Northwoods birders take delight in redpoll irruption
It’s a sight bird enthusiasts have delighted in this winter and spring. Dozens of small birds with bright red feathers atop their heads descending upon bird feeders.
The redpoll breeds in far northern reaches of the North American content and typically will winter across Canada.
But this year, the Northwoods is seeing thousands of the small finches.
“In some years when the food supplies are poor, they move farther south. That happens every few years to some extent, just in some years, like this one, it happens to kind of an extreme extent,” said Ryan Brady, conservation biologist with the DNR.
Quite the birder himself, Brady’s been delighted to see the redpolls swarm this year.
“I have had hundreds at my feeders over a month, if not two months now. I had 500 very regularly. I peaked at last week at 1,000 birds. I had 1,000 redpolls at my bird feeders. It was nuts,” said Brady.
The redpolls like small seeds like thistle and Nyjer.
Between the high number of birds our region is seeing this winter and the increased cost of bird seed, it’s been an expensive winter for birders.
That’s of course if you can get your hands on the bird seed.
“When I go to buy bird seed locally here in Ashland, there’s not thistle to be found. That’s because everyone else feeding birds is kind of having the same thing. You ask when they’re getting their thistle in. They say they don’t know. When it gets here it’ll be here a day and then it’ll be gone. It has been something else,” said Brady.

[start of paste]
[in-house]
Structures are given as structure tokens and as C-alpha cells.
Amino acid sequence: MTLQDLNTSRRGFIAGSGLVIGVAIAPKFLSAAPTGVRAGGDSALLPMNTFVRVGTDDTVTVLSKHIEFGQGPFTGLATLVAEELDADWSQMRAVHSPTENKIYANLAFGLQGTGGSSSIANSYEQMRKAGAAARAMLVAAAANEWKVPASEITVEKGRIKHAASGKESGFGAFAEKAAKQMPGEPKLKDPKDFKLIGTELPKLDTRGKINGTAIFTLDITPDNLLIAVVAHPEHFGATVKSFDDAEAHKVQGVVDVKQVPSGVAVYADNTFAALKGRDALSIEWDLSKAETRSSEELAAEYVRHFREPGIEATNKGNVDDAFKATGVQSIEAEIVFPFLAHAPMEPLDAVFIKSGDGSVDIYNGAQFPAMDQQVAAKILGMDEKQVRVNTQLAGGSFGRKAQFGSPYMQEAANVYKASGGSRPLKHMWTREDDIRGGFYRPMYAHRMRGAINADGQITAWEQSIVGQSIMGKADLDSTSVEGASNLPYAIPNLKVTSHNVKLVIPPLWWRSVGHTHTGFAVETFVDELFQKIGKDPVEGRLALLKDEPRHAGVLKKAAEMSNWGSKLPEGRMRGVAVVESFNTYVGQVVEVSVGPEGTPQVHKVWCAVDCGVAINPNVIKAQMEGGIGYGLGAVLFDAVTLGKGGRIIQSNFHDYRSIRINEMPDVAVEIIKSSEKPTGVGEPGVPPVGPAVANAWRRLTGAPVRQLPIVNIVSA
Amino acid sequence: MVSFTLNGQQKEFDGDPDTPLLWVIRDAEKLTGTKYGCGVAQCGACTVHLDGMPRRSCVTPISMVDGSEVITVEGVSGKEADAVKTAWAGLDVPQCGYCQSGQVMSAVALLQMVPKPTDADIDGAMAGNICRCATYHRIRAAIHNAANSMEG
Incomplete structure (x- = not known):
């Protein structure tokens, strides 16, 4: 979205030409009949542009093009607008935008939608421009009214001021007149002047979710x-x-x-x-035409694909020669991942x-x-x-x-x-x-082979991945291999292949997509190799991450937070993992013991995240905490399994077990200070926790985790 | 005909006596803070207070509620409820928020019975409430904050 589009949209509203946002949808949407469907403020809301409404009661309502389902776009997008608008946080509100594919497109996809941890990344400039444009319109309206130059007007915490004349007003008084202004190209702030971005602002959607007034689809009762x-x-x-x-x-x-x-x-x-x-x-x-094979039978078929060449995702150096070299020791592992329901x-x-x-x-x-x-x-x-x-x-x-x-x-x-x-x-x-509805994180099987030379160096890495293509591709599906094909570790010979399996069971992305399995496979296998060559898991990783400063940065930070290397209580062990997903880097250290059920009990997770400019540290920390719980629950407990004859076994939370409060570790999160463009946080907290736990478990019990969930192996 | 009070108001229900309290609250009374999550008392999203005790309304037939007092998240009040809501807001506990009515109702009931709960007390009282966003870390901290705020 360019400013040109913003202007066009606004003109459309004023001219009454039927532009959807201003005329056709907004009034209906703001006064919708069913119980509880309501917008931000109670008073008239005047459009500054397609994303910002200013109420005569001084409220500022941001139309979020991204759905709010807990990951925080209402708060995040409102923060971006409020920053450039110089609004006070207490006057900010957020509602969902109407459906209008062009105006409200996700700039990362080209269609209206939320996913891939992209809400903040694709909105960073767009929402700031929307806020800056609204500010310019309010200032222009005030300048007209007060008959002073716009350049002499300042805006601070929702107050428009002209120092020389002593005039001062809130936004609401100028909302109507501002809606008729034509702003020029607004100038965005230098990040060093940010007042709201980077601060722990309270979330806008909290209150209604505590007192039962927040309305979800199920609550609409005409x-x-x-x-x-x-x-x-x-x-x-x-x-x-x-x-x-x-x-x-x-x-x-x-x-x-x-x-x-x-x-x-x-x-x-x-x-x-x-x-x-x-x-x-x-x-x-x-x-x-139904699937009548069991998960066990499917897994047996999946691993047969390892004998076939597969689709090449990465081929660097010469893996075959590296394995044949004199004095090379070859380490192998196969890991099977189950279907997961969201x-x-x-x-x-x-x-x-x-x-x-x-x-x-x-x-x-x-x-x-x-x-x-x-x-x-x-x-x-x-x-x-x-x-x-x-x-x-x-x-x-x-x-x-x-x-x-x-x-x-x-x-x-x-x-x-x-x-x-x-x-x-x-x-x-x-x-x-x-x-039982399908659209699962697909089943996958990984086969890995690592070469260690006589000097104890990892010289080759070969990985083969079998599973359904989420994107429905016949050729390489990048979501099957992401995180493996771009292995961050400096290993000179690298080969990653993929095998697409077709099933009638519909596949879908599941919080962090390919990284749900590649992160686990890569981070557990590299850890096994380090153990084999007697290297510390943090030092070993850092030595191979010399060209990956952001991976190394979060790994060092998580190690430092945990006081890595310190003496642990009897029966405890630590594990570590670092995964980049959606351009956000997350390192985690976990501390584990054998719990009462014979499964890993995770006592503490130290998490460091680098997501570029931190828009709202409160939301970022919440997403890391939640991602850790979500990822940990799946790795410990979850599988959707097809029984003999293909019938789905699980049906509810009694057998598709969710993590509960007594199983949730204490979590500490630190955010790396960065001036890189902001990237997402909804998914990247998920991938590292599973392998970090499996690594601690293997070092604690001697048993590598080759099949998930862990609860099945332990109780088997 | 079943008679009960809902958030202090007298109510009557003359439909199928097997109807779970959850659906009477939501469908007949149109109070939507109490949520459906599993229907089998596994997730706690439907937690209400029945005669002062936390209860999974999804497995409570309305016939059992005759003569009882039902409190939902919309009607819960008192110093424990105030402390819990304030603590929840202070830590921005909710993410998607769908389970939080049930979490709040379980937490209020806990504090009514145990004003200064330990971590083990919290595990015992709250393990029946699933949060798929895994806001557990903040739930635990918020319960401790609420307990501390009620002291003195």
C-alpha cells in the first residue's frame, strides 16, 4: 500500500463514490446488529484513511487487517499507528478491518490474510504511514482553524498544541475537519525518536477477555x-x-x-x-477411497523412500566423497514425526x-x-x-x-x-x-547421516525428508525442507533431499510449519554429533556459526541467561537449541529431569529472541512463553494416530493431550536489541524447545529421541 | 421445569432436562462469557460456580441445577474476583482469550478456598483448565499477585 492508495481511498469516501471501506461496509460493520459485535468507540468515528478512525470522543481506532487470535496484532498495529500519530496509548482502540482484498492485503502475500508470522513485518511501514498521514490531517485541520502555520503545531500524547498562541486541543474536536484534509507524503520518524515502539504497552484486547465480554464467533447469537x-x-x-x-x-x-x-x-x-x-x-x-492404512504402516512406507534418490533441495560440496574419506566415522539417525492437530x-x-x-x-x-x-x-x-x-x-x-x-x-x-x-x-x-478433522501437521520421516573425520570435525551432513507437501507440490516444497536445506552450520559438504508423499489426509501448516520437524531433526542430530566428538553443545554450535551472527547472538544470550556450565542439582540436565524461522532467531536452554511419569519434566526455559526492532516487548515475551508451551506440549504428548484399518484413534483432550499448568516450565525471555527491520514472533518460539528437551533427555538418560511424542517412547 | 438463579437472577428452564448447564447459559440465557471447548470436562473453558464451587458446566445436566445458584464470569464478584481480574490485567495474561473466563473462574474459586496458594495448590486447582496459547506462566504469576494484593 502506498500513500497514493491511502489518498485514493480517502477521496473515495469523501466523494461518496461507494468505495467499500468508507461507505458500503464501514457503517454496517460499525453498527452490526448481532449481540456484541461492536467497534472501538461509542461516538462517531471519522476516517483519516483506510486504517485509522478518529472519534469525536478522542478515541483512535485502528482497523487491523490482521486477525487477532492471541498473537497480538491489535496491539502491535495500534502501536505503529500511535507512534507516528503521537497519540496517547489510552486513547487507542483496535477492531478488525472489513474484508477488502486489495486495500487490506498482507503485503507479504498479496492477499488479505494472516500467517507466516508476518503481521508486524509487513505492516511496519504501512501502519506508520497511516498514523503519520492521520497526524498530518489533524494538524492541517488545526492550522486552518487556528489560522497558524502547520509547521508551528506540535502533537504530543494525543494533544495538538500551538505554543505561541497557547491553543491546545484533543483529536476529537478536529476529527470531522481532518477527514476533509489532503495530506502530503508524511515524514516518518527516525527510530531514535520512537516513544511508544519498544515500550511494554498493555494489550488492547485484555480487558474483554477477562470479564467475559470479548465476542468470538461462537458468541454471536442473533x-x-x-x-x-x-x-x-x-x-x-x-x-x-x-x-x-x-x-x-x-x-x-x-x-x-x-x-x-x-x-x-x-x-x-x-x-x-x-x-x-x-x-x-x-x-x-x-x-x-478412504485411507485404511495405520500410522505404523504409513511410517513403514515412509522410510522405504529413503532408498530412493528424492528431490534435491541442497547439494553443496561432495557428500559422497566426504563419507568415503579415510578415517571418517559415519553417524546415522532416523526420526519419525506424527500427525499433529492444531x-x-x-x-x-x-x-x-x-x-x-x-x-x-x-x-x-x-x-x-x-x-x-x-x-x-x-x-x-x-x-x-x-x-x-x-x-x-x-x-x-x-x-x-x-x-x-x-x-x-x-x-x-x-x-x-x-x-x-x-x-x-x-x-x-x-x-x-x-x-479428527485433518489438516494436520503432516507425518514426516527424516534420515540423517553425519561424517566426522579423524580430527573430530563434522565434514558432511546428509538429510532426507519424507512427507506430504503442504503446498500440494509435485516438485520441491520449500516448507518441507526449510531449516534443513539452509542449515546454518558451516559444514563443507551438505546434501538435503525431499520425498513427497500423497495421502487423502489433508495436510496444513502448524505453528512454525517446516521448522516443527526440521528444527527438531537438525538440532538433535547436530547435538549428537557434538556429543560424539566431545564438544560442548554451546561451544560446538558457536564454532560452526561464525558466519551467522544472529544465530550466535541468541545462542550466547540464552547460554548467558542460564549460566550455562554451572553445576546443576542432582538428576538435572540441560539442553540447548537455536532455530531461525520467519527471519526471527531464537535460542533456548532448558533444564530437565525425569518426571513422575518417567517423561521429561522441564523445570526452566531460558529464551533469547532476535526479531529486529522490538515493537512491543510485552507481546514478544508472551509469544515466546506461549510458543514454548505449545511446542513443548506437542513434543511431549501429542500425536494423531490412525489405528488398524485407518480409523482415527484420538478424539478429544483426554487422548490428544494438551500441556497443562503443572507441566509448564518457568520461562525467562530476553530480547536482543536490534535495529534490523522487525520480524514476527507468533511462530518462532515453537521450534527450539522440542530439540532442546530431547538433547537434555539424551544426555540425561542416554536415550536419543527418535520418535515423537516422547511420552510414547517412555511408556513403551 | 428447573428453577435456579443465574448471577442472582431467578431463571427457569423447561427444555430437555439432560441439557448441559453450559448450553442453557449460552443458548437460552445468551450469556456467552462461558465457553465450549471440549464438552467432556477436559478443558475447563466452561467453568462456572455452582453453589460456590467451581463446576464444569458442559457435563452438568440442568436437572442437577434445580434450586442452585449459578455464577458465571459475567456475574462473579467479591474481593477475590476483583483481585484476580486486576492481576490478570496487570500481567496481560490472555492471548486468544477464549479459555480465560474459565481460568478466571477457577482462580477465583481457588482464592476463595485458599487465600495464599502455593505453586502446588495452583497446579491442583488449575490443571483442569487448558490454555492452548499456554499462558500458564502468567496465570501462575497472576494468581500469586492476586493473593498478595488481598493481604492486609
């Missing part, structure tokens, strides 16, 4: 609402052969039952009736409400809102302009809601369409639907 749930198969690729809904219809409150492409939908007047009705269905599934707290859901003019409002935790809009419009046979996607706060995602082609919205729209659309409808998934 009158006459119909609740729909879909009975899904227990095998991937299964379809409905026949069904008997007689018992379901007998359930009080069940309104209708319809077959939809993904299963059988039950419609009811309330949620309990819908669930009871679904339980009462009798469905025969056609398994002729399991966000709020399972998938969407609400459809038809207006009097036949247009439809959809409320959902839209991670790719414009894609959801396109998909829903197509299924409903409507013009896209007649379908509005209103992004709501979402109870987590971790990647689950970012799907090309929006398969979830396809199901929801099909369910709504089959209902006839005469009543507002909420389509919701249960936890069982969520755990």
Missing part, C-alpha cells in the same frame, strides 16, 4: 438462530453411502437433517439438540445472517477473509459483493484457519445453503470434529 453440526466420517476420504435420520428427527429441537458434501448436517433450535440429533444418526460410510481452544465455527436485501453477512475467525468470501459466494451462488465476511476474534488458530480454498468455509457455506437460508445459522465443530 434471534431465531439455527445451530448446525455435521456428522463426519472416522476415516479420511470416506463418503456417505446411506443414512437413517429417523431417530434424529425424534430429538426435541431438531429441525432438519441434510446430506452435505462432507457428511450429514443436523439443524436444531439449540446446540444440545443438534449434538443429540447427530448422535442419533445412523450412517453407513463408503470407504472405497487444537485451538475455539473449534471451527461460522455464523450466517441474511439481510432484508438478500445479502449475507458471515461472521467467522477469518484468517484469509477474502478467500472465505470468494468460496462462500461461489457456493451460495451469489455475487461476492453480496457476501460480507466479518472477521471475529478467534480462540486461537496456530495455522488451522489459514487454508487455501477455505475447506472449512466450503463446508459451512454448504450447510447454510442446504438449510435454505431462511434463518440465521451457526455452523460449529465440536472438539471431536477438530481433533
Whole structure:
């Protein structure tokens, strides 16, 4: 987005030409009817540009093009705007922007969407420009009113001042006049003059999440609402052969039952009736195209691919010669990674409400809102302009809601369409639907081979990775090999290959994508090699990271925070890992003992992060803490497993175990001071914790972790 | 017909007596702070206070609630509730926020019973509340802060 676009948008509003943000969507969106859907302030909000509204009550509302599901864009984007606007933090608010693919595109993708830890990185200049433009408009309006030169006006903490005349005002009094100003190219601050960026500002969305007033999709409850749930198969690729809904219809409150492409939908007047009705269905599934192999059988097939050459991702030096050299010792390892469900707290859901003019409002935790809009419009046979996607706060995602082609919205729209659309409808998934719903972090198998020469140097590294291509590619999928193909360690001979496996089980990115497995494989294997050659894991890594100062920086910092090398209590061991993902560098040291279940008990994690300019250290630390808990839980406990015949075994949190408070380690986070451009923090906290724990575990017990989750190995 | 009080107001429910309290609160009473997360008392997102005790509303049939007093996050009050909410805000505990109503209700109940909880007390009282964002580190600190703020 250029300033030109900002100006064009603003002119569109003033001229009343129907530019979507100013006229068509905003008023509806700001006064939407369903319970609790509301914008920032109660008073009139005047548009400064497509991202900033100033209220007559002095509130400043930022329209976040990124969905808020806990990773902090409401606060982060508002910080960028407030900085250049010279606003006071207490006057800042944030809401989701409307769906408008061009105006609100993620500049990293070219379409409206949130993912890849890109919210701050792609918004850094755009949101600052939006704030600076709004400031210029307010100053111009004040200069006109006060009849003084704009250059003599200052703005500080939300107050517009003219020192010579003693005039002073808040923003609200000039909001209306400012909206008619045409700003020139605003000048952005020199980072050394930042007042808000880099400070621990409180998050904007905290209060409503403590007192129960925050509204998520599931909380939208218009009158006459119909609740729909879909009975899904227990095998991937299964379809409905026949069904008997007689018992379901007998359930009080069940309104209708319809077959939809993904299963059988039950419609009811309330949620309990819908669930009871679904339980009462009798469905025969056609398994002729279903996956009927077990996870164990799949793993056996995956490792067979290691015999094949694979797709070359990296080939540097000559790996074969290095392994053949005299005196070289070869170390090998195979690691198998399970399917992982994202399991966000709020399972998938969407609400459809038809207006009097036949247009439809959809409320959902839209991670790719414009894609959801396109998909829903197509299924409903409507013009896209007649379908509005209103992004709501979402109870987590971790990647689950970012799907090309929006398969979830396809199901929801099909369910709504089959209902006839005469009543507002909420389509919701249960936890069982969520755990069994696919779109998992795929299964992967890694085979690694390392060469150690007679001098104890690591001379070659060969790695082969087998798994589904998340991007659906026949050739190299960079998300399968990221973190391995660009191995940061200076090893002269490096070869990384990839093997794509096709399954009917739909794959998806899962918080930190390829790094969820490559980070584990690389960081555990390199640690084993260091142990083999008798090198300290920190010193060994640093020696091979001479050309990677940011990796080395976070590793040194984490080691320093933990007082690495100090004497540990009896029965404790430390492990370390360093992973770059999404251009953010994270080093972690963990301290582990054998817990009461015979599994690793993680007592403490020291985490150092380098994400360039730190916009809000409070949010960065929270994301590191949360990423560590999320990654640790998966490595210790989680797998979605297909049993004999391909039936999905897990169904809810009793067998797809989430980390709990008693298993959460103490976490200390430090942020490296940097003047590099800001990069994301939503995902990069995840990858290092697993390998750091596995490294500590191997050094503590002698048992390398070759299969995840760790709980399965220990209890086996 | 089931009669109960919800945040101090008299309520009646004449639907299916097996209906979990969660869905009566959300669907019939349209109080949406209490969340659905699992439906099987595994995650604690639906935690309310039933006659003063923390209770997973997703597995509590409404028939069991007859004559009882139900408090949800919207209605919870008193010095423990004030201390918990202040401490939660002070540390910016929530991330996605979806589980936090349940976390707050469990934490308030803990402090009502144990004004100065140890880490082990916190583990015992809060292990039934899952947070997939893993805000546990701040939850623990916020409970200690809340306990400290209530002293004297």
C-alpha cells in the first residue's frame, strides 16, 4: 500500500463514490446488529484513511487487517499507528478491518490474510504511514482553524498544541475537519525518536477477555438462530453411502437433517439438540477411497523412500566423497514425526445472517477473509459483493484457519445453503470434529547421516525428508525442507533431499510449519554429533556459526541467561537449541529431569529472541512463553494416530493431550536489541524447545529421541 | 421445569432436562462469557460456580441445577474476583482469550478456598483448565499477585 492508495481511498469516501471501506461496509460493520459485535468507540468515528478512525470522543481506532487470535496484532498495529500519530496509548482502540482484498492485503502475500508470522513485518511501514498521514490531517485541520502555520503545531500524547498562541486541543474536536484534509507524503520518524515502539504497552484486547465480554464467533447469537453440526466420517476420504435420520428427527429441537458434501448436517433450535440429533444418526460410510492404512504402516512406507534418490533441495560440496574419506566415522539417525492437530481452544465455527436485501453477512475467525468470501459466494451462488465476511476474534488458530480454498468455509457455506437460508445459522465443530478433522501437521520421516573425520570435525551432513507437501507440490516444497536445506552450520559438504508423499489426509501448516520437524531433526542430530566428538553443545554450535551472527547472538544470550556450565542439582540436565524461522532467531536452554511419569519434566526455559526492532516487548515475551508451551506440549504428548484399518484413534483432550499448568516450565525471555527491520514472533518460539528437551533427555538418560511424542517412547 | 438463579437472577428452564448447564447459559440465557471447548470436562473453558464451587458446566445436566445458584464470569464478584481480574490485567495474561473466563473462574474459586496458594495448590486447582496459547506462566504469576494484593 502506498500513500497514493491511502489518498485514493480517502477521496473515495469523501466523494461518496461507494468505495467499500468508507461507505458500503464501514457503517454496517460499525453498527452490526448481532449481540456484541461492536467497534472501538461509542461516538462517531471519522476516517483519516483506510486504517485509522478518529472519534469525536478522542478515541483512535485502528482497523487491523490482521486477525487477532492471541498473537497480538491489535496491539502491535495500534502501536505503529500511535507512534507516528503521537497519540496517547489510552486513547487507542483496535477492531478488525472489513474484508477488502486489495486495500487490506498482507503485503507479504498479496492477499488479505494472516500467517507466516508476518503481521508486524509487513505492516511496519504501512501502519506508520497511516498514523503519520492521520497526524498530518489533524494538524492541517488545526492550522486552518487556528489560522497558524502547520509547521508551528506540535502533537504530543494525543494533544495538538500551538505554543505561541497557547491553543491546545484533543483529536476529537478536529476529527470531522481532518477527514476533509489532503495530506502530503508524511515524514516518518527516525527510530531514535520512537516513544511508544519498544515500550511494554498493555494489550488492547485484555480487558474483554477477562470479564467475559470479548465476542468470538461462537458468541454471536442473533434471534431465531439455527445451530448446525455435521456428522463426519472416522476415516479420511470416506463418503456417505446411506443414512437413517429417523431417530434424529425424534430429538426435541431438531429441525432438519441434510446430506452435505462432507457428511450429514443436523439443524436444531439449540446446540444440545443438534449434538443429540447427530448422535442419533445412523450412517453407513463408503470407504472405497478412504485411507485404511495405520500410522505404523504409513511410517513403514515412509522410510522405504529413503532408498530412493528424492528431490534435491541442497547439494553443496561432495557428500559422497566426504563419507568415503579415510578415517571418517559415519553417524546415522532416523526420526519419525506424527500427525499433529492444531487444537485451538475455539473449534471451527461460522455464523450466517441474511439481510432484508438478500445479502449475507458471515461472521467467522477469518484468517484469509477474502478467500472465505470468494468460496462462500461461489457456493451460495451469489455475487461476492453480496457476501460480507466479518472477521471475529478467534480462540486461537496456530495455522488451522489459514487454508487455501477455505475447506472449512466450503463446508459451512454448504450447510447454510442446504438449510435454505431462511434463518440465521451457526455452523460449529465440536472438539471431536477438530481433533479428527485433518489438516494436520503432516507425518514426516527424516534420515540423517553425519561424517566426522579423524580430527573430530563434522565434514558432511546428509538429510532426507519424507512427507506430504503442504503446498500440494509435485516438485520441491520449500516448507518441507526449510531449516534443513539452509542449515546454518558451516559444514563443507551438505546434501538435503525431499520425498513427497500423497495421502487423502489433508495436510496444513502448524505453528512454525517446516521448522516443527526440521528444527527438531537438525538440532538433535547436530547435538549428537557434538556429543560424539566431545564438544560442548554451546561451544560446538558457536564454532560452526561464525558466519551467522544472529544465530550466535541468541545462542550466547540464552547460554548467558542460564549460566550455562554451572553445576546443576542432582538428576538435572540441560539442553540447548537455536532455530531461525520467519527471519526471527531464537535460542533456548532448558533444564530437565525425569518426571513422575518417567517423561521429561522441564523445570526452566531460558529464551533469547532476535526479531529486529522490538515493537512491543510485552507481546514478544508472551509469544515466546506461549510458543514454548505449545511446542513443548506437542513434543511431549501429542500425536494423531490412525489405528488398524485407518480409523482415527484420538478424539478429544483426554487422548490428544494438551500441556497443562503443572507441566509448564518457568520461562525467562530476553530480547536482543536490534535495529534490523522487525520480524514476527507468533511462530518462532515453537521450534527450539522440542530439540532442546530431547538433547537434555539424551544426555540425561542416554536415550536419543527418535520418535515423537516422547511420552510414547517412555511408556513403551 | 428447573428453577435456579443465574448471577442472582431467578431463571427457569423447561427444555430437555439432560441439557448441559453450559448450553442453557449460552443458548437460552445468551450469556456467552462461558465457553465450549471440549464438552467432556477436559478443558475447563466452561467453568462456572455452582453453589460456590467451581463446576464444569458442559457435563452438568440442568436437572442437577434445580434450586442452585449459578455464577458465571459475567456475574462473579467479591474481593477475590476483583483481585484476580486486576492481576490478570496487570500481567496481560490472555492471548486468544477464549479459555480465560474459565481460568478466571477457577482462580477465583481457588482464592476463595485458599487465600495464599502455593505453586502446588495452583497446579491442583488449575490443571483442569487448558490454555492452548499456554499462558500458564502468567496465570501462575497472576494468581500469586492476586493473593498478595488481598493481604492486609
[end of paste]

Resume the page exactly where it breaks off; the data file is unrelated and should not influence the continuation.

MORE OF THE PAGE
He encourages people to enjoy them while they’re here.
Irruptions only happen every few years and rarely in these numbers.
But Brady also urges people to make sure their feeders stay clean, so the bird don’t get sick.
Repolls are susceptible to salmonella, and it spreads easily when the birds concentrate in high numbers.
“It’s important that folks keep an eye out for that disease and make sure that they’re regularly cleaning their feeders,” said Brady. “You can use a 10% bleach solution. Clean the feeders. Make sure that you’re picking up all of the waste seeds that may have gone on the ground, the shells, and kind of all the mess that’s down below and bag and dispose of that regularly.”
Brady says the bird will likely stick around for a little while longer as long as we don’t get a big warm up.